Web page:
- On-site care, respite care and back-up care
- Care subsidies and discount programs
- Transportation assistance
- Financial advice (e.g., understanding Medicare/Medicaid reimbursement, elder care tax credit)
- Free or low-cost legal assistance
- Caregiver affinity or support group
- A list of local resources and referrals (e.g., local eldercare experts, senior centers, etc.)
Quick Survey on Caregiving
In 2017, the Business Group administered a quick survey on supports for caregivers. Fifty-four Business Group members responded to the survey, and 88% of respondents indicated that caregiving will become an increasingly important issue in the next five years. The chart below shows the percentage of employers offering various supports for caregiving.
Note: Less than 10% indicated offering leave sharing (5%), access to respite care (8%), on-site support groups (8%), employee discounts (6%) and subsidies (2%) for elder/adult care.
Supports for Employees with Alzheimer’s or Dementia
- Assess safety and organizational risks and consider reasonable accommodations
- Use memory aids (e.g., notes and electronic reminders, calendars, to-do lists, recording devices) and other assistive technology
- Provide simple written instructions and choose tasks fit for the person’s ability
- Use long-term memories, habits, over-remembered skills and individual strengths
- Limit distractions (e.g., offer ear plugs or headphones), interruptions and clutter
- Help plan daily activities and maintain a structured routine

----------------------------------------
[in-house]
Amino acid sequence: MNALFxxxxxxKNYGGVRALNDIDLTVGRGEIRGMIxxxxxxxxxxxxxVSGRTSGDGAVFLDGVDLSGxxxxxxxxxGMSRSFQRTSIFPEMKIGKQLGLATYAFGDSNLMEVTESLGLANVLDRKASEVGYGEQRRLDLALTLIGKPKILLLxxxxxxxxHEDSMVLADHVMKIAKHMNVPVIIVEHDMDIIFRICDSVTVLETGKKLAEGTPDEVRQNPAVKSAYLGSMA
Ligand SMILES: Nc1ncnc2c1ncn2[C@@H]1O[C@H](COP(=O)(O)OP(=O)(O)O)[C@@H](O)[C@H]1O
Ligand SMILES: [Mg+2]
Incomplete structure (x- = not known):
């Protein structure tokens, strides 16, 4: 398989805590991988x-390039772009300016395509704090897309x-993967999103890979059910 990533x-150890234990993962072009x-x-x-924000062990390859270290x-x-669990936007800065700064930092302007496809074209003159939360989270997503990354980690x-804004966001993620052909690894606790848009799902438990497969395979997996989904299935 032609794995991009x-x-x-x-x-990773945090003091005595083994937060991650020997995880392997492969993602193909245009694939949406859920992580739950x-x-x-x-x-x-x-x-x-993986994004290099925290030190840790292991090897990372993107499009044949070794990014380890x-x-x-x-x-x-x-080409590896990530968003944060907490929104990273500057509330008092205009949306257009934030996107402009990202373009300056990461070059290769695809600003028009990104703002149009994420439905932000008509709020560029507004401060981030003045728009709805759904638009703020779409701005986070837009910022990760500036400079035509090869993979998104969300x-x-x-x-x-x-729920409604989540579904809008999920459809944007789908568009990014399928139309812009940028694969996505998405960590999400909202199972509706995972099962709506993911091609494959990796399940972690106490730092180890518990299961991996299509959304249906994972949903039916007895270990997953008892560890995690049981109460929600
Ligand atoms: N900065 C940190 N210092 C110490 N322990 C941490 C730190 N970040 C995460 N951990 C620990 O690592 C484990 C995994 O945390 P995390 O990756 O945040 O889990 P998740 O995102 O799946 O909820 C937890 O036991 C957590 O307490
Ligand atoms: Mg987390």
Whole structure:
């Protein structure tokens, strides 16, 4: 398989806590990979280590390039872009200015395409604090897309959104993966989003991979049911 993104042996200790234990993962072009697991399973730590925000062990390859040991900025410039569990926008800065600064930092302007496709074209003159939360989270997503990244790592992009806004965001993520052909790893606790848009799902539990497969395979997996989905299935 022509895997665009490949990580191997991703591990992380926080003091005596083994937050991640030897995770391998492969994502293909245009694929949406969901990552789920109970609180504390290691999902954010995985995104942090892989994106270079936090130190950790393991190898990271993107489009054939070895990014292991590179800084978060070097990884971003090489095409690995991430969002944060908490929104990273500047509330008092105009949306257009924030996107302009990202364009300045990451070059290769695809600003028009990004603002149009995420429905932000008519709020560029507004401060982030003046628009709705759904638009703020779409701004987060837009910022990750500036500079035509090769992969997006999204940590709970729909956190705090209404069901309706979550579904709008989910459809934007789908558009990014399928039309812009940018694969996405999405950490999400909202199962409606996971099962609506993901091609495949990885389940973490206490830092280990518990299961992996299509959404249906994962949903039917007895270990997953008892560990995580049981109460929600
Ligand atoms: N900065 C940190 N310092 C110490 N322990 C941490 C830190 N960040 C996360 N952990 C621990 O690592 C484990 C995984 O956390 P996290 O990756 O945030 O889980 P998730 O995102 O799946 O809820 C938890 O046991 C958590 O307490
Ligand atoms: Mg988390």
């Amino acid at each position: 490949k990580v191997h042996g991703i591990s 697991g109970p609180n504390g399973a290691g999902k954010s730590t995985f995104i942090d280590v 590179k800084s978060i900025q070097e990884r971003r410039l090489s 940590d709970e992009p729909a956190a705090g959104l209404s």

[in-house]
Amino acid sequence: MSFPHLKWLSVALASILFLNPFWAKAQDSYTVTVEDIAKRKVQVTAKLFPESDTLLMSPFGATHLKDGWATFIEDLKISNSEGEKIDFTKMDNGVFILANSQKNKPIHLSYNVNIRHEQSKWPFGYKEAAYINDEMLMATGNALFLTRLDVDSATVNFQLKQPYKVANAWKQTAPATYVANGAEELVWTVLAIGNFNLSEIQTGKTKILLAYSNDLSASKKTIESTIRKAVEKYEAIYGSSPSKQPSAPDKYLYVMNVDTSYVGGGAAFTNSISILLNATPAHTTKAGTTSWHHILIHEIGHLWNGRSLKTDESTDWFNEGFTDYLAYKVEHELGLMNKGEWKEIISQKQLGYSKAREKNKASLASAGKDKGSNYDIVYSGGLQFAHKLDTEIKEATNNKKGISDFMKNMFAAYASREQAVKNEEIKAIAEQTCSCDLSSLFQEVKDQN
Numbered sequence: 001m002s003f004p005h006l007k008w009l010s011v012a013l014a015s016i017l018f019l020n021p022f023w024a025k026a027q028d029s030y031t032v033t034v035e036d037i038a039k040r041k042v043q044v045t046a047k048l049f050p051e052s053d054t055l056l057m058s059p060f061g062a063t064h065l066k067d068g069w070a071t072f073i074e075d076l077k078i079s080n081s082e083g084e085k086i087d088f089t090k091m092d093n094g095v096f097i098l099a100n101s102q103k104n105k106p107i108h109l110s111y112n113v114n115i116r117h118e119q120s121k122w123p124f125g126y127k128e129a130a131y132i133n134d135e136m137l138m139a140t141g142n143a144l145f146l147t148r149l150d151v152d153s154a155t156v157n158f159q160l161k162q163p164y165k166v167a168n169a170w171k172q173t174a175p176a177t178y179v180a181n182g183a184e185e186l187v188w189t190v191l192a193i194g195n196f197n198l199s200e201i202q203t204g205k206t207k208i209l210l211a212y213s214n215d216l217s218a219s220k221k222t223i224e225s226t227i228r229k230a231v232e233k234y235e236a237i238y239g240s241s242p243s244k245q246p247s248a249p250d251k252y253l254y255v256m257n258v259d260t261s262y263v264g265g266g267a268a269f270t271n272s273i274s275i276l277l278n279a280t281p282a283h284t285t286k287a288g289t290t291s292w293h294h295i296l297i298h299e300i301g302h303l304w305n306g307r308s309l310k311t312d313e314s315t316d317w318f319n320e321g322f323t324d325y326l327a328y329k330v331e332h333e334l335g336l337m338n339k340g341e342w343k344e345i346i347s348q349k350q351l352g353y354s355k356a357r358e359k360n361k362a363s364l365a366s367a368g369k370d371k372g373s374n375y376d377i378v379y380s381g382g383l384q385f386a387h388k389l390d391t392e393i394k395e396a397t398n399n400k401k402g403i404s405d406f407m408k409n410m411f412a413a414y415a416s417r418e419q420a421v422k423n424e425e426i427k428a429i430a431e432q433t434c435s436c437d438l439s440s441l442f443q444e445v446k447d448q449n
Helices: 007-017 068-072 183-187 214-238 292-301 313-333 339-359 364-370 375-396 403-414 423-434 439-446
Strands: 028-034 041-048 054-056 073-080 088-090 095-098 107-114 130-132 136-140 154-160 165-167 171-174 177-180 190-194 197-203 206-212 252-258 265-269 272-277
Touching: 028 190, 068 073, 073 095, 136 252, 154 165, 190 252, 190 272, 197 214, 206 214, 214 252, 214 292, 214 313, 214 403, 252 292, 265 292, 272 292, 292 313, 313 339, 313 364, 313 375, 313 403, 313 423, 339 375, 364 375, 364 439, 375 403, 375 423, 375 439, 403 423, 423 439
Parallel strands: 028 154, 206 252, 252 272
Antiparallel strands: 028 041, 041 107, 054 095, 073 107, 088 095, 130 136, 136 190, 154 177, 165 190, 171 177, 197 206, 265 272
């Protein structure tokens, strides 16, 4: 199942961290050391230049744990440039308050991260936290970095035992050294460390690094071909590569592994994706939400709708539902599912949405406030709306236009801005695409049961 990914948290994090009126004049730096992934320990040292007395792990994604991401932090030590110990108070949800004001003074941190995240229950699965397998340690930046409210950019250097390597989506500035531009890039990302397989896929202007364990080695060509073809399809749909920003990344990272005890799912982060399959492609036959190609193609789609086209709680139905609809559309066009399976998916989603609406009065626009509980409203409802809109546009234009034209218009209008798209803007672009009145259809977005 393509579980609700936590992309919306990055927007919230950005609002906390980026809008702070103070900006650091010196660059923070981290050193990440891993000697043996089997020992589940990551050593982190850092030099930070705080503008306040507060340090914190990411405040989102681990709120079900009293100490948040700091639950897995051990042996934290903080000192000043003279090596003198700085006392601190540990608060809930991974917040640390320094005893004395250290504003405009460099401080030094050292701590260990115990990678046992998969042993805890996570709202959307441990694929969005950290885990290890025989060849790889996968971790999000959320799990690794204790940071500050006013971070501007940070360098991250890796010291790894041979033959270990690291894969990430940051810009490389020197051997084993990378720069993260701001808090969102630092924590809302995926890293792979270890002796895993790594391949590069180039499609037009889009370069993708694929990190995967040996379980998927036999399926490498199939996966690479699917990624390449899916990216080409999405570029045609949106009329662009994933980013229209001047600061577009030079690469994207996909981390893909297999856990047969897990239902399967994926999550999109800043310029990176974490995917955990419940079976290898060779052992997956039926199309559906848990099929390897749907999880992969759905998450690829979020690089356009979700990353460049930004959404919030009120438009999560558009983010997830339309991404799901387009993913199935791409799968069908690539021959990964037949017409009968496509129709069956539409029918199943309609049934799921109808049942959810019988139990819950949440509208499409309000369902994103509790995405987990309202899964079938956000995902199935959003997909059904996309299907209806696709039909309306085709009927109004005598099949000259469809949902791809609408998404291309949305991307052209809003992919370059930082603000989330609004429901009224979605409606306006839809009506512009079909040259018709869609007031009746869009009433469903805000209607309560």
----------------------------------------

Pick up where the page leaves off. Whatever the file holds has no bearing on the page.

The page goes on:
- Keep thorough records
Although early-onset Alzheimer’s (occurring before age 65) is rare, dementia can directly impact employees. Whether an individual can continue work will depend on their circumstances, and employers should treat this sensitive issue with compassion, balancing the individual and business needs. Furthermore, employers must comply with all applicable legal requirements, such as provisions under the ADA, EEOC guidance, state and local laws and union contracts.3
- 1 | Alzheimer’s Association. 2017 Alzheimer’s disease facts & figures. https://alz.org/documents_custom/2017-facts-and-figures.pdf.
- 2 | Witters D. Caregiving costs U.S. economy $25.2 billion in lost productivity. Gallup News. http://news.gallup.com/poll/148670/Caregiving-Costs-Economy-Billion-Lost-Productivity.aspx. 2011.
- 3 | Alzheimer’s and Dementia Alliance of Wisconsin. How to identify, approach and assist employees with young onset dementia: A guide for employers. http://www.alzwisc.org/employer guides/Employer Guide.pdf.